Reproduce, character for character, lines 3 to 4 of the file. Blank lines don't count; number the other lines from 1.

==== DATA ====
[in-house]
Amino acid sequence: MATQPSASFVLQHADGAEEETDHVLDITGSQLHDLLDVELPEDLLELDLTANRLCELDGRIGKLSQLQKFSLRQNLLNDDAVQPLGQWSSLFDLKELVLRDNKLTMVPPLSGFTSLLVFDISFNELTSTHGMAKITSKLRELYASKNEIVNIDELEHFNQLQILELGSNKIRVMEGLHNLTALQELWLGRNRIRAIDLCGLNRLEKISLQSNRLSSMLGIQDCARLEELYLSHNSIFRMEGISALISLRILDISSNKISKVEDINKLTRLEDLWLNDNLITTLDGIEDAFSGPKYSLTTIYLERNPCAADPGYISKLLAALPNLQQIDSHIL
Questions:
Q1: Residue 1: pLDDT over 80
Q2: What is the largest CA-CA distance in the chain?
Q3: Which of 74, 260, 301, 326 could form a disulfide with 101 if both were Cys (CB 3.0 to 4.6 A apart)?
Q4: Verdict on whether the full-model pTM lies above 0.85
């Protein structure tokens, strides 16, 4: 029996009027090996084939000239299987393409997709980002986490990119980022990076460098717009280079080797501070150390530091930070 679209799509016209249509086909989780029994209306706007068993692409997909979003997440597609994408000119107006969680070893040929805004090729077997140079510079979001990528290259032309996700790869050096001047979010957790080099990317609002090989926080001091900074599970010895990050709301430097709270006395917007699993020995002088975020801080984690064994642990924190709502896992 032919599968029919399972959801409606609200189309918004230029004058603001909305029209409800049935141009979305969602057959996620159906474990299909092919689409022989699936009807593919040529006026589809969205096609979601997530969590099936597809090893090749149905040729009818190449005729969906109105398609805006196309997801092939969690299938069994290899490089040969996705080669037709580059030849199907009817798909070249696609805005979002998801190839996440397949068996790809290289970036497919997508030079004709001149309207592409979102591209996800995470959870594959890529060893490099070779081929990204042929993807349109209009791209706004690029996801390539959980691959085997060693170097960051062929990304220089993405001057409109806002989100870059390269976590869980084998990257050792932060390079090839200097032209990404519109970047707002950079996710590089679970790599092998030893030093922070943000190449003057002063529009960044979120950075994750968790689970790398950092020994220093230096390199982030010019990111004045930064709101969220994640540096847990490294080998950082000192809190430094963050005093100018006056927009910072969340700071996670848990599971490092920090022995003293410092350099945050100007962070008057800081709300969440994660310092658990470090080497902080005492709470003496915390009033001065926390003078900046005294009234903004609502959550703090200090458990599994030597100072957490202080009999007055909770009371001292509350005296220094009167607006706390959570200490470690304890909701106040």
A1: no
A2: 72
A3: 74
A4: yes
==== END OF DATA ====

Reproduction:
Questions:
Q1: Residue 1: pLDDT over 80